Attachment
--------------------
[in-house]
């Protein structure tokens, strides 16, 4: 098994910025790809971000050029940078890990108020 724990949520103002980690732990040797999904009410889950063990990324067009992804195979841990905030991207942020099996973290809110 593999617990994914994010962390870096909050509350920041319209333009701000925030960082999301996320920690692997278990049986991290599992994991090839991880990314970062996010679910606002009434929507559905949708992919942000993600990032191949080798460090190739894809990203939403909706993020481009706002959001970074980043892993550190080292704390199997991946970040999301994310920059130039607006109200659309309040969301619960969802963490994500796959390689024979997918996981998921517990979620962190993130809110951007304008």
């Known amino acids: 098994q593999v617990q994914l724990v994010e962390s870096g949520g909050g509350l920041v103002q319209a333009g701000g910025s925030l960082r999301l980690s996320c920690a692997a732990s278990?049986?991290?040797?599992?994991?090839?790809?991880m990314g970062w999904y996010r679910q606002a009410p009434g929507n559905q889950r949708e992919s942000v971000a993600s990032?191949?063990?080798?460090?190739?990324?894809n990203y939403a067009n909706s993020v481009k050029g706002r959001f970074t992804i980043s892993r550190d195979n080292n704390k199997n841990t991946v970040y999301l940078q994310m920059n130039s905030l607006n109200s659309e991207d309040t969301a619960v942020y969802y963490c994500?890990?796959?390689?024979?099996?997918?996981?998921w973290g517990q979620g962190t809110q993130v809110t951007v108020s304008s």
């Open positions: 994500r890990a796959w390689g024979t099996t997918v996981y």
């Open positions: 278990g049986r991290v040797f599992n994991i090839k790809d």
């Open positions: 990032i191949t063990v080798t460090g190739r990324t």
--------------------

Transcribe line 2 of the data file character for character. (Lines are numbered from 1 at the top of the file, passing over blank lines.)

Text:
């Protein structure tokens, strides 16, 4: 098994910025790809971000050029940078890990108020 724990949520103002980690732990040797999904009410889950063990990324067009992804195979841990905030991207942020099996973290809110 593999617990994914994010962390870096909050509350920041319209333009701000925030960082999301996320920690692997278990049986991290599992994991090839991880990314970062996010679910606002009434929507559905949708992919942000993600990032191949080798460090190739894809990203939403909706993020481009706002959001970074980043892993550190080292704390199997991946970040999301994310920059130039607006109200659309309040969301619960969802963490994500796959390689024979997918996981998921517990979620962190993130809110951007304008």